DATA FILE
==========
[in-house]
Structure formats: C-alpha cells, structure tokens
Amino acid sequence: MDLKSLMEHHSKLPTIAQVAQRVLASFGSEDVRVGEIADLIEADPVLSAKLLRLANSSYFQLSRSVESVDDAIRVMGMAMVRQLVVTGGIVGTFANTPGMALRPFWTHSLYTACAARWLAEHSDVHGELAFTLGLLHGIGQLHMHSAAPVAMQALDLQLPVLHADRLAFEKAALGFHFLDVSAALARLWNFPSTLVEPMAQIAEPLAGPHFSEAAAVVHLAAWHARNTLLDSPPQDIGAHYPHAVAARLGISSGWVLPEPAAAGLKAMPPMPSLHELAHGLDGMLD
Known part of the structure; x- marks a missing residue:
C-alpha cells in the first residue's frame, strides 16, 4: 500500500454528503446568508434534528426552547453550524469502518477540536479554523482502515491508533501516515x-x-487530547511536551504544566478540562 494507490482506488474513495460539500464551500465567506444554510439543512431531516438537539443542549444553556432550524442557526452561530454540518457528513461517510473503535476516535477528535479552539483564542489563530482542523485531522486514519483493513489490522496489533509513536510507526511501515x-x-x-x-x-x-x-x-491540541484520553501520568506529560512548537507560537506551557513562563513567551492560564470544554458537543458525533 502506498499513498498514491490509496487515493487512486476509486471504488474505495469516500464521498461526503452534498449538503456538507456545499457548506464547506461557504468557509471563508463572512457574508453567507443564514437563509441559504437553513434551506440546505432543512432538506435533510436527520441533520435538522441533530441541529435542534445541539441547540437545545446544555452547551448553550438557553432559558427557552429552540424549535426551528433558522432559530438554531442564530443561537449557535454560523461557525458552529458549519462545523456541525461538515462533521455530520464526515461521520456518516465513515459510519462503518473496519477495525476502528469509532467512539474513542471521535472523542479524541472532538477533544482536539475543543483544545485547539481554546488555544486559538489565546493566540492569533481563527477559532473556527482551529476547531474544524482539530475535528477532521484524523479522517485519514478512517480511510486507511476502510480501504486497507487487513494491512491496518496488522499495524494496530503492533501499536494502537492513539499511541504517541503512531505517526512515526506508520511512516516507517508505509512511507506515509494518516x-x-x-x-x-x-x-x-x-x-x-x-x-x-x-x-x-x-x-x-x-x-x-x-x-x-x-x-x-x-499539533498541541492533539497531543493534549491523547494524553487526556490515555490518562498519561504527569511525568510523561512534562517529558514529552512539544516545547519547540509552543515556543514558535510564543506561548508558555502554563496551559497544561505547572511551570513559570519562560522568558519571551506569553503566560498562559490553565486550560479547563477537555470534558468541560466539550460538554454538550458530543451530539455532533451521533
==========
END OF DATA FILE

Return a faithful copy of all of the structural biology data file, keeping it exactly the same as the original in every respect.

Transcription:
[in-house]
Structure formats: C-alpha cells, structure tokens
Amino acid sequence: MDLKSLMEHHSKLPTIAQVAQRVLASFGSEDVRVGEIADLIEADPVLSAKLLRLANSSYFQLSRSVESVDDAIRVMGMAMVRQLVVTGGIVGTFANTPGMALRPFWTHSLYTACAARWLAEHSDVHGELAFTLGLLHGIGQLHMHSAAPVAMQALDLQLPVLHADRLAFEKAALGFHFLDVSAALARLWNFPSTLVEPMAQIAEPLAGPHFSEAAAVVHLAAWHARNTLLDSPPQDIGAHYPHAVAARLGISSGWVLPEPAAAGLKAMPPMPSLHELAHGLDGMLD
Known part of the structure; x- marks a missing residue:
C-alpha cells in the first residue's frame, strides 16, 4: 500500500454528503446568508434534528426552547453550524469502518477540536479554523482502515491508533501516515x-x-487530547511536551504544566478540562 494507490482506488474513495460539500464551500465567506444554510439543512431531516438537539443542549444553556432550524442557526452561530454540518457528513461517510473503535476516535477528535479552539483564542489563530482542523485531522486514519483493513489490522496489533509513536510507526511501515x-x-x-x-x-x-x-x-491540541484520553501520568506529560512548537507560537506551557513562563513567551492560564470544554458537543458525533 502506498499513498498514491490509496487515493487512486476509486471504488474505495469516500464521498461526503452534498449538503456538507456545499457548506464547506461557504468557509471563508463572512457574508453567507443564514437563509441559504437553513434551506440546505432543512432538506435533510436527520441533520435538522441533530441541529435542534445541539441547540437545545446544555452547551448553550438557553432559558427557552429552540424549535426551528433558522432559530438554531442564530443561537449557535454560523461557525458552529458549519462545523456541525461538515462533521455530520464526515461521520456518516465513515459510519462503518473496519477495525476502528469509532467512539474513542471521535472523542479524541472532538477533544482536539475543543483544545485547539481554546488555544486559538489565546493566540492569533481563527477559532473556527482551529476547531474544524482539530475535528477532521484524523479522517485519514478512517480511510486507511476502510480501504486497507487487513494491512491496518496488522499495524494496530503492533501499536494502537492513539499511541504517541503512531505517526512515526506508520511512516516507517508505509512511507506515509494518516x-x-x-x-x-x-x-x-x-x-x-x-x-x-x-x-x-x-x-x-x-x-x-x-x-x-x-x-x-x-499539533498541541492533539497531543493534549491523547494524553487526556490515555490518562498519561504527569511525568510523561512534562517529558514529552512539544516545547519547540509552543515556543514558535510564543506561548508558555502554563496551559497544561505547572511551570513559570519562560522568558519571551506569553503566560498562559490553565486550560479547563477537555470534558468541560466539550460538554454538550458530543451530539455532533451521533